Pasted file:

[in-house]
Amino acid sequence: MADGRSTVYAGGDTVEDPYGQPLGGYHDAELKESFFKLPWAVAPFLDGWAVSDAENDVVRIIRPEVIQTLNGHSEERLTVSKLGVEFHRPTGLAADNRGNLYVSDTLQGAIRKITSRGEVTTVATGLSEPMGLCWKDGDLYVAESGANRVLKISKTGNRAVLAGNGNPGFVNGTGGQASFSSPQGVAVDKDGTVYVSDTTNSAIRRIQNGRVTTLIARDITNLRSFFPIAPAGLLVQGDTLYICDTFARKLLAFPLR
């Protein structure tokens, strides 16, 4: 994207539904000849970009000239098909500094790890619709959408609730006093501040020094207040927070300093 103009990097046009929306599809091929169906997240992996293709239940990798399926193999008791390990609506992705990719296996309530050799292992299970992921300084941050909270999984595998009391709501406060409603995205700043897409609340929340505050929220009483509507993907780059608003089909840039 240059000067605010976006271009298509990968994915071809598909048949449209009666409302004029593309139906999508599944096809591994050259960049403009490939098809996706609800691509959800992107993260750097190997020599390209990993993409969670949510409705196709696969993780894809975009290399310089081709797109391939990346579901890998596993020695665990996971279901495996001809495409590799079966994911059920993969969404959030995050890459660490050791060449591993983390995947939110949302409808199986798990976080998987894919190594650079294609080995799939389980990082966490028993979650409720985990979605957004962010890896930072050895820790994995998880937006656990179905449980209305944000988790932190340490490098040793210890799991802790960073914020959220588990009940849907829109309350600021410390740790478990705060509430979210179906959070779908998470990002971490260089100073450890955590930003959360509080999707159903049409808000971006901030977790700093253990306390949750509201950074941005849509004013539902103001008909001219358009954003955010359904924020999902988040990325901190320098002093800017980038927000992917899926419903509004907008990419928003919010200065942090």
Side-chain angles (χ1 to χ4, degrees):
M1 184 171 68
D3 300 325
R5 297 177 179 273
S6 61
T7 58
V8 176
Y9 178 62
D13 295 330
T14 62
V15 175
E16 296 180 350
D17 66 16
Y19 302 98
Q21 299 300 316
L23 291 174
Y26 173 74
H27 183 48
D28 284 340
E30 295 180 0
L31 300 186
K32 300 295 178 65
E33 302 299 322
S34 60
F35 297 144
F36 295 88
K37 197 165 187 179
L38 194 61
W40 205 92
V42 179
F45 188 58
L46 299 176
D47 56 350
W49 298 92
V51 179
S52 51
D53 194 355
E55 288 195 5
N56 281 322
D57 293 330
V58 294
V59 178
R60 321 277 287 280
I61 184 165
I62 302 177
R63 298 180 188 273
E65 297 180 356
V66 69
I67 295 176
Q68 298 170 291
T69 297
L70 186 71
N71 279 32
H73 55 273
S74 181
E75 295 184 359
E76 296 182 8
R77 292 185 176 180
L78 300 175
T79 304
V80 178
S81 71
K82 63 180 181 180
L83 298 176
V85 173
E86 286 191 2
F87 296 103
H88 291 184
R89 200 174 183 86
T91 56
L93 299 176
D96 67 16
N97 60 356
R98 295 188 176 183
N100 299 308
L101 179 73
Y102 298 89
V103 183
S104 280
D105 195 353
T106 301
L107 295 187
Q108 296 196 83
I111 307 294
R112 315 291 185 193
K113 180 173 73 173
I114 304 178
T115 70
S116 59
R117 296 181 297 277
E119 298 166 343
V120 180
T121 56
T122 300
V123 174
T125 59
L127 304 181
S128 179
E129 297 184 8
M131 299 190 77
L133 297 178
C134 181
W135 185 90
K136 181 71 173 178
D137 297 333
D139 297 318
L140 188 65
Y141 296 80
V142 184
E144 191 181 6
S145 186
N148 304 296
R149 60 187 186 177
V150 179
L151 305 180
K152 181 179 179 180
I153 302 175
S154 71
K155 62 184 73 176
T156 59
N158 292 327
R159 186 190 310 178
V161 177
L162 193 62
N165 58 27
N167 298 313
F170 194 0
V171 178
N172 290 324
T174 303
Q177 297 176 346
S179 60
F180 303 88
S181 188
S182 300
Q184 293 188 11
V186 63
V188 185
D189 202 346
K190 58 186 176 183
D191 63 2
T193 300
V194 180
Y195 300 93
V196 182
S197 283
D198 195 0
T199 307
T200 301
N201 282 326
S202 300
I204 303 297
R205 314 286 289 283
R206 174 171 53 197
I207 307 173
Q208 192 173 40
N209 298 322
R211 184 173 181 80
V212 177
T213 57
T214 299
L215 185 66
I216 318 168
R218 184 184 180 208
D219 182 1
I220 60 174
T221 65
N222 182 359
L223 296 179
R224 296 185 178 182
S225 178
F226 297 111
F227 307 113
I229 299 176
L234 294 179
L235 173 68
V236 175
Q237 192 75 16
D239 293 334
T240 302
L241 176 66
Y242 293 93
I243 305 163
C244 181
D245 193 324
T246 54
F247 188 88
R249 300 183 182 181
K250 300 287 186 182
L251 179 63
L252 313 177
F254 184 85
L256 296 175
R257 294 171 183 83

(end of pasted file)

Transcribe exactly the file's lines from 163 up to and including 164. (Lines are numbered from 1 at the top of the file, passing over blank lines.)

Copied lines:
T213 57
T214 299